Many assume that there will be a post-coronavirus world. This is not certain. COVID-19 might become endemic. Now it is loose, infection could be maintained indefinitely at a baseline level in any given large population in a given geographic area without external inputs. A vaccination might not prove possible. So far no vaccine has been created for any serious coronavirus threat and maybe not for any coronavirus at all (though I cannot confirm this latter contention yet).

    “Coronaviruses without preventive vaccines are the Middle East Respiratory Syndrome (MERS-CoV) and Severe Acute Respiratory Syndrome (SARS-CoV), and the novel coronavirus SARS-CoV-2, which causes COVID-19 disease in humans.

    The need for human coronavirus vaccines was first identified in the mid-1960s. The emergence of a highly pathogenic coronavirus (CoV) in the Middle East has sparked new interest in human coronaviruses around the world. MERS-CoV was identified in 2012, almost 10 years after the highly fatal human SARS-CoV emerged from China in 2003.

    As of April 1, 2020, the US Food and Drug Administration has not approved any preventive or therapeutic coronavirus vaccines for use against the SARS, MERS or SARS-CoV-2 (COVID-19) coronaviruses.” – Precision Vaccinations.

    There is also some concern that COVID-19 might be bi-phasic. That is it could reoccur or be reacquired another one or more times. Some bi-phasic diseases are much more dangerous the second time round. Of course, these are speculations but then so are assumptions that we will arrive at a post-coronavirus world and economy.

    Not so long ago, there was much discussion and concern about our fat demographic tail. Everyone was assuming that people would live and live actively to 90 years or more. All these life hopes and economic fears (funding the aged demographic) now look possibly rather foolish. Each of us in the older age bracket must readjust our expectations and face a nearer approach of our own morality. I once thought I might live to 90 (given family history) and seeing what I’ve seen I feared that. I did mot welcome it. I don’t have to worry about that anymore. If we have season after season of COVID-19, which is still very possible, I reckon my life expectancy from current age 65 is about 10 years. A lot of people will be in the same boat as me. Such is life. Entropy always wins.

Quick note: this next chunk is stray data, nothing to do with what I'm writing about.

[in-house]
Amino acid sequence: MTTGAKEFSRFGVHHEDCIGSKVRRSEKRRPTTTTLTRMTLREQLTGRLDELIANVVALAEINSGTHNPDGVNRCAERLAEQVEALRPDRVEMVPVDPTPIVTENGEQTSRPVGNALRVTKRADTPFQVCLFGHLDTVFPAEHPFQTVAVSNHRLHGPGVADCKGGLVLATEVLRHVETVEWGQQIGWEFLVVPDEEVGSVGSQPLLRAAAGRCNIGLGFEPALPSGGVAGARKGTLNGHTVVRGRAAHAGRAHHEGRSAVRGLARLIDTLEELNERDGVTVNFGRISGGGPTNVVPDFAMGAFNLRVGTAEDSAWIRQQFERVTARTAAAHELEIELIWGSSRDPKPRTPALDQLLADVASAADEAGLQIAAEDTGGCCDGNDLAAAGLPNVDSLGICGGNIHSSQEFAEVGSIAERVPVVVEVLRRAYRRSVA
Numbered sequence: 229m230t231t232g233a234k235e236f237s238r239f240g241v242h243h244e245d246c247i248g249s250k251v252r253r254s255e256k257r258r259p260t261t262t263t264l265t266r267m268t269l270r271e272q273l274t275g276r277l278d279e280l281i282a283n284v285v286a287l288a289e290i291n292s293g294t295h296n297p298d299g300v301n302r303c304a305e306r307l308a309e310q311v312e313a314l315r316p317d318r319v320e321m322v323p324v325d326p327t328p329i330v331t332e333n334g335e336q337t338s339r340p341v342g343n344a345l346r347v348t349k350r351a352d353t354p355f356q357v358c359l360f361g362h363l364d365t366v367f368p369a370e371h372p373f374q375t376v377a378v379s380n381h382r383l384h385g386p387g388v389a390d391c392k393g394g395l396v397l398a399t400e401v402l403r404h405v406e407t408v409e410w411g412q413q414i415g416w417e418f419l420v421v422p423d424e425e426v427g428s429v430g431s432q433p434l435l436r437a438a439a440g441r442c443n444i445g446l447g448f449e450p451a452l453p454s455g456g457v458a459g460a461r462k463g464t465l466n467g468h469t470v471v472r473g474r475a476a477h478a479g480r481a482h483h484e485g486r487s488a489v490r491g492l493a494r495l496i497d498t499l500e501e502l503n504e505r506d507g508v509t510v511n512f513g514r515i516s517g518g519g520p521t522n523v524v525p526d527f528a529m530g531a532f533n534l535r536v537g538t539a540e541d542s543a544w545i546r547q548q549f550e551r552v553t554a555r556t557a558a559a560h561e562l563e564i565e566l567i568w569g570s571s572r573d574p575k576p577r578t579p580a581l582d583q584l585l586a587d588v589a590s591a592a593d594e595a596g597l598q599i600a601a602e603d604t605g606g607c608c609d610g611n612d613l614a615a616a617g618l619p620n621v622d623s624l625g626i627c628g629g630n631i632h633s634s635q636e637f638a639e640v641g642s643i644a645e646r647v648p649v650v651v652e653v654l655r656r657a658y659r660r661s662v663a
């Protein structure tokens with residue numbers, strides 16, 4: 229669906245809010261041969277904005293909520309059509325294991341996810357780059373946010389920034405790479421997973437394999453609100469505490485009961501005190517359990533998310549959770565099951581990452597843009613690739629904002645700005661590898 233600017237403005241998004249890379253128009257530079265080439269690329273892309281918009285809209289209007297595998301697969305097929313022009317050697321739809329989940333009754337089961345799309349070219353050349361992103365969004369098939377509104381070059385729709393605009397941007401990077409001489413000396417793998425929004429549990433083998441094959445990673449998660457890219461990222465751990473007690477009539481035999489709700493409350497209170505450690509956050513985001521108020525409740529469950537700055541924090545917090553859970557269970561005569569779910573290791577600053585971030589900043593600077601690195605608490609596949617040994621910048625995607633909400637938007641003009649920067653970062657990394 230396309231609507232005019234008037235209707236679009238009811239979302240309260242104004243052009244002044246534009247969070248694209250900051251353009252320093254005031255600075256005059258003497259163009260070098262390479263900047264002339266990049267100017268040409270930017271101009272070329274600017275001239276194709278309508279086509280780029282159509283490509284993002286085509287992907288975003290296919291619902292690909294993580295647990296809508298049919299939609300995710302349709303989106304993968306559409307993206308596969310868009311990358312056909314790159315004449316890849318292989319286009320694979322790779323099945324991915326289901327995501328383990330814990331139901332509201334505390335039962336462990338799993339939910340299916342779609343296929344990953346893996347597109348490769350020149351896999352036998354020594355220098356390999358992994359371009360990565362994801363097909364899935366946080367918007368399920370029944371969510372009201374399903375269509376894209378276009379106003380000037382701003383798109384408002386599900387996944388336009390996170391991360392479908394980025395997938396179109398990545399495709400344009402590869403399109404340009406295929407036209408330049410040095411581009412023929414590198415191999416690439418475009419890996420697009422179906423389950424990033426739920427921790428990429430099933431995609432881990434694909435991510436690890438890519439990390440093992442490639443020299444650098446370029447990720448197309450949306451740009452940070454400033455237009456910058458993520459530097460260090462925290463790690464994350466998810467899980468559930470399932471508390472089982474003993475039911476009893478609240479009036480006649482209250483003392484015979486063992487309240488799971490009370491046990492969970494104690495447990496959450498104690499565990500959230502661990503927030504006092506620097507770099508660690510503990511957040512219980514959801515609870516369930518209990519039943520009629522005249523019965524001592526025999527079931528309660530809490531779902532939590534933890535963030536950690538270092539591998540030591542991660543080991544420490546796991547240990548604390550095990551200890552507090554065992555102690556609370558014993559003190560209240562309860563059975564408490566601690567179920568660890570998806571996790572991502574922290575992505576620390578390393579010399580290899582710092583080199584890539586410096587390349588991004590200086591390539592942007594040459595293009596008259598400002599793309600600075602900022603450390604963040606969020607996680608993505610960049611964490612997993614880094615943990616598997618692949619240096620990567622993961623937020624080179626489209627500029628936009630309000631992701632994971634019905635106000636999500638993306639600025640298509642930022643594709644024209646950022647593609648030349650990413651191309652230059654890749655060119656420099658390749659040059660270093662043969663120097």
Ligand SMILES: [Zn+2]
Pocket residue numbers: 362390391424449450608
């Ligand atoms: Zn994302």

As baby boomers we thought we owned the world. We thought it was always going to be our little oyster. Now we find the world owns us after all. This was always the case. We just didn’t know it. Our hubris was extreme. Economics in praxis has been sclerotic, run by near-senile billionaires and their ideological lackeys and functionaries. Economics in theory was captured by anti-scientific beliefs that the economy was not embedded in and conditioned by the real biosphere, real ecology (including viruses) and by the real capabilities and limitations of humans. Finally, the field will progress again. Economics will advance one funeral at a time.

    RIP Capitalism – Killed by COVID-19.

  5. Ken Zimmerman
    April 15, 2020 at 12:05 pm

    Viruses remain mysterious for we humans. They’re billions of years old. And for much of that time they’ve interacted with humans. That is, existed as parasites in human bodies. And existed is the correct term. Viruses don’t appear to be living. Scientists often classify them as on the border of living things vs. non-living chemical compounds. They cannot reproduce on their own. They reproduce only within cells of a host, such as humans. They have no DNA. Only RNA. At the same time many virologists “theorize” based on years of observations that viruses have played a major role in human evolution. In other words, they’ve played a big part in making humankind what it it today. This generally involves developing a symbiotic relationship between virus and host. Maybe the coronavirus in its many forms will prompt a change (hopefully beneficial) in human evolution. If so, our species improves its chances for survival. Although, many members of the species may die in the process. Put this in your economics pipe and smoke it.